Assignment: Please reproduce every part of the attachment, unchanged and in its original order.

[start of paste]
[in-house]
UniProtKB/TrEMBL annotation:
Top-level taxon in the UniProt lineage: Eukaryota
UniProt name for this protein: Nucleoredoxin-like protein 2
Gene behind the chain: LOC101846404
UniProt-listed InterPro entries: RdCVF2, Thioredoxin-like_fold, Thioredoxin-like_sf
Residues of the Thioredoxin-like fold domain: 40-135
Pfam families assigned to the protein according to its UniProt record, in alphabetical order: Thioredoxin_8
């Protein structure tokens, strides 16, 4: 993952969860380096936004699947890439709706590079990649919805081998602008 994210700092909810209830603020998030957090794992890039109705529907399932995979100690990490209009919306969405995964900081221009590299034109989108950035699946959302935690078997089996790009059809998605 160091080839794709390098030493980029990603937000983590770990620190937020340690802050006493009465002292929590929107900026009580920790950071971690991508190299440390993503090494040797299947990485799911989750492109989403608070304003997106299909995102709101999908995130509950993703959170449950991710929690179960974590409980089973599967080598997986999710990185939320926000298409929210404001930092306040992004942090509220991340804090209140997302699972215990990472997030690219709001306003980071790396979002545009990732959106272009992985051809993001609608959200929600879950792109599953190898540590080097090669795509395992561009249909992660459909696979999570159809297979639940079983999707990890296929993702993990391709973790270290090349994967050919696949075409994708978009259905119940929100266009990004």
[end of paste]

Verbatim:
[in-house]
UniProtKB/TrEMBL annotation:
Top-level taxon in the UniProt lineage: Eukaryota
UniProt name for this protein: Nucleoredoxin-like protein 2
Gene behind the chain: LOC101846404
UniProt-listed InterPro entries: RdCVF2, Thioredoxin-like_fold, Thioredoxin-like_sf
Residues of the Thioredoxin-like fold domain: 40-135
Pfam families assigned to the protein according to its UniProt record, in alphabetical order: Thioredoxin_8
């Protein structure tokens, strides 16, 4: 993952969860380096936004699947890439709706590079990649919805081998602008 994210700092909810209830603020998030957090794992890039109705529907399932995979100690990490209009919306969405995964900081221009590299034109989108950035699946959302935690078997089996790009059809998605 160091080839794709390098030493980029990603937000983590770990620190937020340690802050006493009465002292929590929107900026009580920790950071971690991508190299440390993503090494040797299947990485799911989750492109989403608070304003997106299909995102709101999908995130509950993703959170449950991710929690179960974590409980089973599967080598997986999710990185939320926000298409929210404001930092306040992004942090509220991340804090209140997302699972215990990472997030690219709001306003980071790396979002545009990732959106272009992985051809993001609608959200929600879950792109599953190898540590080097090669795509395992561009249909992660459909696979999570159809297979639940079983999707990890296929993702993990391709973790270290090349994967050919696949075409994708978009259905119940929100266009990004």